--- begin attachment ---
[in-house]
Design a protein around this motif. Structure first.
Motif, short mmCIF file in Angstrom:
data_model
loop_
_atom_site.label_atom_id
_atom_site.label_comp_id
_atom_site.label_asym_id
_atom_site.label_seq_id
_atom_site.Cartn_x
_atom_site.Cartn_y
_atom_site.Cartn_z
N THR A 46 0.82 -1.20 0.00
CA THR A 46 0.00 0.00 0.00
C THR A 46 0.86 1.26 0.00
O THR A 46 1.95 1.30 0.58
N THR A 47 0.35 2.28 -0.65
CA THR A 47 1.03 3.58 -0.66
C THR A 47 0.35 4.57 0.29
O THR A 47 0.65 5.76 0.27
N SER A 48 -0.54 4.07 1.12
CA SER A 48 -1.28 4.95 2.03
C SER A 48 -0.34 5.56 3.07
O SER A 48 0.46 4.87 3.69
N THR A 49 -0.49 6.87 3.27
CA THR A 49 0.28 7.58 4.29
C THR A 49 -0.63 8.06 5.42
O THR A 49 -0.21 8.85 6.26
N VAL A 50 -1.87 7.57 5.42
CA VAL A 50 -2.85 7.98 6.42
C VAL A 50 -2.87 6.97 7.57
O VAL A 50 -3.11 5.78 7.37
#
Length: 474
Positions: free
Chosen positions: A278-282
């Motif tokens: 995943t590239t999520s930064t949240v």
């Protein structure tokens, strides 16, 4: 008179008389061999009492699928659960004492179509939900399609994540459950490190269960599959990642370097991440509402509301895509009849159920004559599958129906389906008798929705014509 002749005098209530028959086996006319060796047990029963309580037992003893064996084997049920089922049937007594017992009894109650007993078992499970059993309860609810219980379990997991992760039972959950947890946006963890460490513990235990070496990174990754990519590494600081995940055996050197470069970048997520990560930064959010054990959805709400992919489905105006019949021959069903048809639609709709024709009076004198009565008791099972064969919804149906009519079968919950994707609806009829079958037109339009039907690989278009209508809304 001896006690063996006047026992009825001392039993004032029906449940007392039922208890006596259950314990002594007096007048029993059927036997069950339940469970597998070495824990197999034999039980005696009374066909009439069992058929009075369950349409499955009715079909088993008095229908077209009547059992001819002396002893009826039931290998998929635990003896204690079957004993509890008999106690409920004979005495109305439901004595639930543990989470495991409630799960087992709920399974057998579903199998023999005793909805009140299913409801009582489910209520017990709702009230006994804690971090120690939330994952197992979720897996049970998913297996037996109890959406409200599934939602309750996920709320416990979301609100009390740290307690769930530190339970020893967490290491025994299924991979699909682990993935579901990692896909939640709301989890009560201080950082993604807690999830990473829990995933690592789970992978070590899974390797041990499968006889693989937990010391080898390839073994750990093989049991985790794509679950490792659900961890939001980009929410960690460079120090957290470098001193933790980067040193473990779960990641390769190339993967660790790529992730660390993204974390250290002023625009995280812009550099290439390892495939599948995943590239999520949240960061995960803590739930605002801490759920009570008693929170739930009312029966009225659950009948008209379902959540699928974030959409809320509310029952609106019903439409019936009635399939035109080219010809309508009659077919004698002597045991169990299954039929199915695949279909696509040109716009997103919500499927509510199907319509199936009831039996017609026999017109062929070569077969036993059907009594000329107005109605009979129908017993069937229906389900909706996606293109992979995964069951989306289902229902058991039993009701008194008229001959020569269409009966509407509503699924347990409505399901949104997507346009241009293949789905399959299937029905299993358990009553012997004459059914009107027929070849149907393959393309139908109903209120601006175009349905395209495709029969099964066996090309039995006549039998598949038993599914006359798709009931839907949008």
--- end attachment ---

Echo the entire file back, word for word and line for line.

[in-house]
Design a protein around this motif. Structure first.
Motif, short mmCIF file in Angstrom:
data_model
loop_
_atom_site.label_atom_id
_atom_site.label_comp_id
_atom_site.label_asym_id
_atom_site.label_seq_id
_atom_site.Cartn_x
_atom_site.Cartn_y
_atom_site.Cartn_z
N THR A 46 0.82 -1.20 0.00
CA THR A 46 0.00 0.00 0.00
C THR A 46 0.86 1.26 0.00
O THR A 46 1.95 1.30 0.58
N THR A 47 0.35 2.28 -0.65
CA THR A 47 1.03 3.58 -0.66
C THR A 47 0.35 4.57 0.29
O THR A 47 0.65 5.76 0.27
N SER A 48 -0.54 4.07 1.12
CA SER A 48 -1.28 4.95 2.03
C SER A 48 -0.34 5.56 3.07
O SER A 48 0.46 4.87 3.69
N THR A 49 -0.49 6.87 3.27
CA THR A 49 0.28 7.58 4.29
C THR A 49 -0.63 8.06 5.42
O THR A 49 -0.21 8.85 6.26
N VAL A 50 -1.87 7.57 5.42
CA VAL A 50 -2.85 7.98 6.42
C VAL A 50 -2.87 6.97 7.57
O VAL A 50 -3.11 5.78 7.37
#
Length: 474
Positions: free
Chosen positions: A278-282
């Motif tokens: 995943t590239t999520s930064t949240v």
């Protein structure tokens, strides 16, 4: 008179008389061999009492699928659960004492179509939900399609994540459950490190269960599959990642370097991440509402509301895509009849159920004559599958129906389906008798929705014509 002749005098209530028959086996006319060796047990029963309580037992003893064996084997049920089922049937007594017992009894109650007993078992499970059993309860609810219980379990997991992760039972959950947890946006963890460490513990235990070496990174990754990519590494600081995940055996050197470069970048997520990560930064959010054990959805709400992919489905105006019949021959069903048809639609709709024709009076004198009565008791099972064969919804149906009519079968919950994707609806009829079958037109339009039907690989278009209508809304 001896006690063996006047026992009825001392039993004032029906449940007392039922208890006596259950314990002594007096007048029993059927036997069950339940469970597998070495824990197999034999039980005696009374066909009439069992058929009075369950349409499955009715079909088993008095229908077209009547059992001819002396002893009826039931290998998929635990003896204690079957004993509890008999106690409920004979005495109305439901004595639930543990989470495991409630799960087992709920399974057998579903199998023999005793909805009140299913409801009582489910209520017990709702009230006994804690971090120690939330994952197992979720897996049970998913297996037996109890959406409200599934939602309750996920709320416990979301609100009390740290307690769930530190339970020893967490290491025994299924991979699909682990993935579901990692896909939640709301989890009560201080950082993604807690999830990473829990995933690592789970992978070590899974390797041990499968006889693989937990010391080898390839073994750990093989049991985790794509679950490792659900961890939001980009929410960690460079120090957290470098001193933790980067040193473990779960990641390769190339993967660790790529992730660390993204974390250290002023625009995280812009550099290439390892495939599948995943590239999520949240960061995960803590739930605002801490759920009570008693929170739930009312029966009225659950009948008209379902959540699928974030959409809320509310029952609106019903439409019936009635399939035109080219010809309508009659077919004698002597045991169990299954039929199915695949279909696509040109716009997103919500499927509510199907319509199936009831039996017609026999017109062929070569077969036993059907009594000329107005109605009979129908017993069937229906389900909706996606293109992979995964069951989306289902229902058991039993009701008194008229001959020569269409009966509407509503699924347990409505399901949104997507346009241009293949789905399959299937029905299993358990009553012997004459059914009107027929070849149907393959393309139908109903209120601006175009349905395209495709029969099964066996090309039995006549039998598949038993599914006359798709009931839907949008």